All this means that this will be the first major since the 2004 French Open to not feature either of Djokovic, Rafael Nadal or Roger Federer in the quarter-finals, and it will also bring to an end a streak of 13 straight majors won by either man dating back to the 2017 Australian Open.
A streak of 14 straight majors featuring either man has also ended, the last final not to feature either man being Wimbledon in 2016 when Andy Murray defeated Milos Raonic in straight sets.
The last time a man outside of Djokovic, Nadal or Federer to win a major title was when Stan Wawrinka, who chose to bypass Flushing Meadows this year, defeated Djokovic to win the US Open in 2016.
It also guarantees a first-time major champion born in the 1990s. Of the men still remaining in the draw, Vasek Pospisil, who lost to Australian Alex de Minaur on Tuesday morning (AEST), was the oldest of them at age 30, born on 23 June 1990.
A first-time champion is also guaranteed for the first time since the 2014 US Open, when Marin Cilic, who lost to Dominic Thiem on Sunday morning (AEST), defeated Kei Nishikori to win his lone major title to date.
Both Cilic and Nishikori had beaten Federer and Djokovic in their respective semi-finals that year.
Significantly, none of the remaining quarter-finalists this year has previously won a major title. The last time this happened was at Wimbledon in 2003, when Federer defeated Mark Philippoussis to win the first of his 20 major titles a month short of his 22nd birthday.
Of the men still remaining, only Daniil Medvedev and Dominic Thiem have reached a major final, and so you’d think that one of these two men will now become the US Open title favourite.
In other men’s matches, Borna Coric backed up his comeback victory over Stefanos Tsitsipas by defeating Australian Jordan Thompson in straight sets to advance to his maiden grand slam quarter-final.
There he will play German fifth seed Alexander Zverev, who thrashed Spaniard Alejandro Davidovich Fokina for the loss of only five games as he starts to firm as the favourite to reach the final from the top half of the draw.
Denis Shapovalov, having defeated David Goffin, will play Pablo Carreno Busta in the quarter-finals.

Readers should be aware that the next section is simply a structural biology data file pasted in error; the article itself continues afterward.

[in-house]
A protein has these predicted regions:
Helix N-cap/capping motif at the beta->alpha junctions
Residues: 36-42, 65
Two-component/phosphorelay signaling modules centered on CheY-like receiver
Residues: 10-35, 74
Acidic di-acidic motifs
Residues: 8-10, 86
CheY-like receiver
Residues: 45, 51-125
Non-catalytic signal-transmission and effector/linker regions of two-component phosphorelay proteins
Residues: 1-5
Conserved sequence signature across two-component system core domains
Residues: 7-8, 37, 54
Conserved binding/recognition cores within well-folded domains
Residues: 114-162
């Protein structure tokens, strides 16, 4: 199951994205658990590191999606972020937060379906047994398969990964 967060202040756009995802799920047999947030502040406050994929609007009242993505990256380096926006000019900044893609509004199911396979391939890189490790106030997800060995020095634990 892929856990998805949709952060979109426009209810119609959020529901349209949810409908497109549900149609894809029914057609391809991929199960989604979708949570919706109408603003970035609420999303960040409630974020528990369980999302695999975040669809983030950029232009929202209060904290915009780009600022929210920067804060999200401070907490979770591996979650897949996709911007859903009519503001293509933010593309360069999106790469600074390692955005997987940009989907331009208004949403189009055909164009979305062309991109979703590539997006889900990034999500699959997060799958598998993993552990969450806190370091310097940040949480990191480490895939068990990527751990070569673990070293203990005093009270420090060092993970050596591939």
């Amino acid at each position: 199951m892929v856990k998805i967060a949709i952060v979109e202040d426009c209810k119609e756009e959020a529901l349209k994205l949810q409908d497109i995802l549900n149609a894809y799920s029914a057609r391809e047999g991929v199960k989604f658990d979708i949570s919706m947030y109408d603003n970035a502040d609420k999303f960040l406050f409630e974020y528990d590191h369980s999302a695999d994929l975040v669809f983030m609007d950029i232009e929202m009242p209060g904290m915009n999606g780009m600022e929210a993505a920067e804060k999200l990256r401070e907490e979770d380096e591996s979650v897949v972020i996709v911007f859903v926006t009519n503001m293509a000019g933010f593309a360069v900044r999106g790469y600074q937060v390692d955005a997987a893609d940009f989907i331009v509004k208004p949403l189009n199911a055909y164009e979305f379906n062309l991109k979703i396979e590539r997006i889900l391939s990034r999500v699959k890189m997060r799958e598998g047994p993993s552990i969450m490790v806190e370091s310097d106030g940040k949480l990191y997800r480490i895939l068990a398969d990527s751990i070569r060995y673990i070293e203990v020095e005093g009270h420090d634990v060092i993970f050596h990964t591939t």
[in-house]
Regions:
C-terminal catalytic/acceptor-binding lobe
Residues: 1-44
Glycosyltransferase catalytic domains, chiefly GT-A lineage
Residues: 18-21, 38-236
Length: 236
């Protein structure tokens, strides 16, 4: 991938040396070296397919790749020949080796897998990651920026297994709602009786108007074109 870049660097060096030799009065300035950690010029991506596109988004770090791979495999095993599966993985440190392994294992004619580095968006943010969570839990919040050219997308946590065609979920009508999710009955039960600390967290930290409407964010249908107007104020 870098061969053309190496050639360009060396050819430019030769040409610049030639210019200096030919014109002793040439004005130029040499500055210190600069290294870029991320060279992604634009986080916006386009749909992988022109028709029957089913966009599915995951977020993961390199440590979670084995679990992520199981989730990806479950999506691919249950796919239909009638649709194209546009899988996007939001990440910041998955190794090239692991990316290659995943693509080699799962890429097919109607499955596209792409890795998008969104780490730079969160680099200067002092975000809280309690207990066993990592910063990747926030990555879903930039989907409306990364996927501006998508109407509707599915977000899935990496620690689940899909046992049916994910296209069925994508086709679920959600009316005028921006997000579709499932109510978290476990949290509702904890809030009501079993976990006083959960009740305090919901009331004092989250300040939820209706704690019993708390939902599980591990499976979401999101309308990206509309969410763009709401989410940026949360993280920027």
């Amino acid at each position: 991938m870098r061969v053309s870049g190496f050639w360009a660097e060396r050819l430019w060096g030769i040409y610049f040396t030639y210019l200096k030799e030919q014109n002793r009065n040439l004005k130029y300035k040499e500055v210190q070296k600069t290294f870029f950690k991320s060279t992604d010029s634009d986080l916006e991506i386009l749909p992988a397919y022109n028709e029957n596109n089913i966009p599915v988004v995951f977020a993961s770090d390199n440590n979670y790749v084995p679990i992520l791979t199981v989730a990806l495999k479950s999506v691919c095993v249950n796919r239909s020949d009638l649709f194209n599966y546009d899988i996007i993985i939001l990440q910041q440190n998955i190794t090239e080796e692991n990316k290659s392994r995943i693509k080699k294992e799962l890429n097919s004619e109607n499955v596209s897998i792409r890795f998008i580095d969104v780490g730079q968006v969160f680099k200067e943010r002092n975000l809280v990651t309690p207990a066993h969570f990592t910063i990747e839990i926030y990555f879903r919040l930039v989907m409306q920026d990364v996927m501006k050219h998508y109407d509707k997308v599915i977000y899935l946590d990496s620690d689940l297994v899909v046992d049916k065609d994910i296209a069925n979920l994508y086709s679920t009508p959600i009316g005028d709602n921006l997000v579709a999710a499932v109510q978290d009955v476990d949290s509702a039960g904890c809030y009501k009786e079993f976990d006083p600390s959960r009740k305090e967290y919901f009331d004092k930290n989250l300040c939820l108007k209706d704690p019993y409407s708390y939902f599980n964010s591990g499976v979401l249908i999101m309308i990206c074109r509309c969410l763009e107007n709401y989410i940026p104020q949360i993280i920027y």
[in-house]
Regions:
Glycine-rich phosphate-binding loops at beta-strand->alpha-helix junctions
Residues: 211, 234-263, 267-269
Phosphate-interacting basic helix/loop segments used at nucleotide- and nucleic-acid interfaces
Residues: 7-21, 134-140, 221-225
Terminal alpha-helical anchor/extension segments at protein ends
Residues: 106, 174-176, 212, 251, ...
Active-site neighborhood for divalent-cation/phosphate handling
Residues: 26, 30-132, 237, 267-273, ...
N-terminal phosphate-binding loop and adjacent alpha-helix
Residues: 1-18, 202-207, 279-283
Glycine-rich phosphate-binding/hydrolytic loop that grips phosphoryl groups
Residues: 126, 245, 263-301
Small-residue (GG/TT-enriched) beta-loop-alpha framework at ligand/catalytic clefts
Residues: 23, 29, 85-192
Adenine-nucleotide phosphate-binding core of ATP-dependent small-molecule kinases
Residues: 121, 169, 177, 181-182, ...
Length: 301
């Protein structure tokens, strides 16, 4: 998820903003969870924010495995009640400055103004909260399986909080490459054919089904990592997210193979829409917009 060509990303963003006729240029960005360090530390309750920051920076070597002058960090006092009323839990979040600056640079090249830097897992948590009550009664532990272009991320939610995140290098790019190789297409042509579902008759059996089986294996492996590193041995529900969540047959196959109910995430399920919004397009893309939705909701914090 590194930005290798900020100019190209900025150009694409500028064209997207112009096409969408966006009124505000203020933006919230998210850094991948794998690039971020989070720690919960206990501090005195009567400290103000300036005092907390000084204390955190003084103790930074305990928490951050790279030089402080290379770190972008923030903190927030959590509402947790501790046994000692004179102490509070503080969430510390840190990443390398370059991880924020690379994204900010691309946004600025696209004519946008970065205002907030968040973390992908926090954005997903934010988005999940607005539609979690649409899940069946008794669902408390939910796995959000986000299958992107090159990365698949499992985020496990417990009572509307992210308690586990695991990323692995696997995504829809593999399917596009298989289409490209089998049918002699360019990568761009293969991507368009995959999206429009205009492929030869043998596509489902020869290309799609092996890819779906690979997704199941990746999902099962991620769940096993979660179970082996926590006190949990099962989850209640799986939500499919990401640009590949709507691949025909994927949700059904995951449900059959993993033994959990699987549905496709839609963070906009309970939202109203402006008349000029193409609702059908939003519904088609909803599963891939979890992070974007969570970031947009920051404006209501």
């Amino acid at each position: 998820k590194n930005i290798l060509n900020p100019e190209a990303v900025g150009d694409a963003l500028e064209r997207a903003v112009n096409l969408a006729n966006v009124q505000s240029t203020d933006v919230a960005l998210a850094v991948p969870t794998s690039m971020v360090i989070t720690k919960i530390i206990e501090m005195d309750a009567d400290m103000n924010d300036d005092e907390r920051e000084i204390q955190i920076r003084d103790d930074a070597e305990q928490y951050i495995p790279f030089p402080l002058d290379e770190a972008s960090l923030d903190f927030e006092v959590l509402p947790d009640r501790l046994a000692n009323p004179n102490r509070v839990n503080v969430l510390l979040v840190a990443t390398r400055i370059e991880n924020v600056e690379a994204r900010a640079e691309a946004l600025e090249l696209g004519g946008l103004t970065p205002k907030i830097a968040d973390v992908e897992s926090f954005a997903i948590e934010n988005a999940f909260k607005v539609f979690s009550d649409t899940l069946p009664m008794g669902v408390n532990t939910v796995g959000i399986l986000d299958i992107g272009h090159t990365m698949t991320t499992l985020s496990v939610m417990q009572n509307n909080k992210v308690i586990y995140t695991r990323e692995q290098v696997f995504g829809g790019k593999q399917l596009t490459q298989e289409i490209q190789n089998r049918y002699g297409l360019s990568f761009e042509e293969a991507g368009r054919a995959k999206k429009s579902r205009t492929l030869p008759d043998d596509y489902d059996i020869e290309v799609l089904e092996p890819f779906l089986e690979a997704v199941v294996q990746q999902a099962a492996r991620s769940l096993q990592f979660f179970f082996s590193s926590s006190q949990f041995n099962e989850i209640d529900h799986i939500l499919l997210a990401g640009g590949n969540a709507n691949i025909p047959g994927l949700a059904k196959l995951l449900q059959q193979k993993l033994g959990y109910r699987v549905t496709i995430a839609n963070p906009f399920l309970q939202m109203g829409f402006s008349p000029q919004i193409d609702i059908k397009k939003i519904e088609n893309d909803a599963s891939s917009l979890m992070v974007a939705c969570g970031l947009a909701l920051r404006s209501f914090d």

Two more title favourites departed the women’s draw, with 2016 champion Angelique Kerber crashing to a straight-sets defeat at the hands of Jennifer Brady and two-time Wimbledon champion Petra Kvitova wasting four match points as she fell to Shelby Rogers in a three-set cliffhanger.
Naomi Osaka, 2018 champion is the favourite to reach the final from the top half of the draw, having dispatched fourth-round opponent Anett Kontaveit.
If Osaka were to crash out from here, a new grand slam finalist will be guaranteed from the top half of the draw.
The quarter-final line-up in both the men’s and women’s draws will be completed on Tuesday morning. As mentioned above, Medvedev is the favourite to meet Thiem in the final eight and potentially set up a semi-final clash towards the end of this week.
The only Australian remaining, Alex de Minaur, has a maiden grand slam quarter-final in his sights after defeating Vasek Pospisil, while last year’s semi-finalist Matteo Berrettini is up against 2017 quarter-finalist Andrey Rublev.
In the women’s draw Serena Williams settled a score by defeating Greek rising start Maria Sakkari, who won the pair’s only previous meeting at the Western and Southern Open not very long ago.
The resurgent Victoria Azarenka will start favourite to defeat Karolina Muchova, after which she could come up against reigning Australian Open champion Sofia Kenin, who is up against Elise Mertens in the second night match in the world’s largest tennis arena.
The other fourth-round match guaranteed a first-time US Open quarter-finalist, with comeback queen Tsvetana Pironkova overcoming Alize Cornet to potentially play Serena Williams in the last eight.